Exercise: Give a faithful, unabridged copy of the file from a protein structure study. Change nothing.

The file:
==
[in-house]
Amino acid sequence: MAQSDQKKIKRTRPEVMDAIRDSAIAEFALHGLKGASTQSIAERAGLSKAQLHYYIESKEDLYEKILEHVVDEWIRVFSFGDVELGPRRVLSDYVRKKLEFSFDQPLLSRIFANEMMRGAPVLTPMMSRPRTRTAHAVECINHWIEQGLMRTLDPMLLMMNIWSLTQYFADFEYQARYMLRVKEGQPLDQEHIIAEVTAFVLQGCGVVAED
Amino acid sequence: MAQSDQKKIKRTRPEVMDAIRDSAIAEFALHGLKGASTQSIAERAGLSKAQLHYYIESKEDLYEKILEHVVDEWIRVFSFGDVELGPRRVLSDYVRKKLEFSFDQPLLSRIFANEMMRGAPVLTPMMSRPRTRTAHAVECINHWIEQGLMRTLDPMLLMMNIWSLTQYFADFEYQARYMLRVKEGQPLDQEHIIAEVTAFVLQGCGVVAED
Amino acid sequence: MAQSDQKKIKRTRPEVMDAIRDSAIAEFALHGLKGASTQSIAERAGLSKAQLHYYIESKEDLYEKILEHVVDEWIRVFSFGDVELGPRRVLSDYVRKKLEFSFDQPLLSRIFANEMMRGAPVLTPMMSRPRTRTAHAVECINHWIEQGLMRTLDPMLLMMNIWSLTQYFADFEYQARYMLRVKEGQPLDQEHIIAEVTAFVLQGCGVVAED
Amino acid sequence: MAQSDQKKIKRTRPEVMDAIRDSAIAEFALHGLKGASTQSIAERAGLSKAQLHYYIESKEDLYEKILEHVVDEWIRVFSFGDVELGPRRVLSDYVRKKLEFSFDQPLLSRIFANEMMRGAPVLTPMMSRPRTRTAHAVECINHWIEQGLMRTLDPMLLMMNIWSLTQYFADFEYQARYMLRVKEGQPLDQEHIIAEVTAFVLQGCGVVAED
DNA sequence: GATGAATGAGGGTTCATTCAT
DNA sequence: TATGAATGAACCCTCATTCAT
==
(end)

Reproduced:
[in-house]
Amino acid sequence: MAQSDQKKIKRTRPEVMDAIRDSAIAEFALHGLKGASTQSIAERAGLSKAQLHYYIESKEDLYEKILEHVVDEWIRVFSFGDVELGPRRVLSDYVRKKLEFSFDQPLLSRIFANEMMRGAPVLTPMMSRPRTRTAHAVECINHWIEQGLMRTLDPMLLMMNIWSLTQYFADFEYQARYMLRVKEGQPLDQEHIIAEVTAFVLQGCGVVAED
Amino acid sequence: MAQSDQKKIKRTRPEVMDAIRDSAIAEFALHGLKGASTQSIAERAGLSKAQLHYYIESKEDLYEKILEHVVDEWIRVFSFGDVELGPRRVLSDYVRKKLEFSFDQPLLSRIFANEMMRGAPVLTPMMSRPRTRTAHAVECINHWIEQGLMRTLDPMLLMMNIWSLTQYFADFEYQARYMLRVKEGQPLDQEHIIAEVTAFVLQGCGVVAED
Amino acid sequence: MAQSDQKKIKRTRPEVMDAIRDSAIAEFALHGLKGASTQSIAERAGLSKAQLHYYIESKEDLYEKILEHVVDEWIRVFSFGDVELGPRRVLSDYVRKKLEFSFDQPLLSRIFANEMMRGAPVLTPMMSRPRTRTAHAVECINHWIEQGLMRTLDPMLLMMNIWSLTQYFADFEYQARYMLRVKEGQPLDQEHIIAEVTAFVLQGCGVVAED
Amino acid sequence: MAQSDQKKIKRTRPEVMDAIRDSAIAEFALHGLKGASTQSIAERAGLSKAQLHYYIESKEDLYEKILEHVVDEWIRVFSFGDVELGPRRVLSDYVRKKLEFSFDQPLLSRIFANEMMRGAPVLTPMMSRPRTRTAHAVECINHWIEQGLMRTLDPMLLMMNIWSLTQYFADFEYQARYMLRVKEGQPLDQEHIIAEVTAFVLQGCGVVAED
DNA sequence: GATGAATGAGGGTTCATTCAT
DNA sequence: TATGAATGAACCCTCATTCAT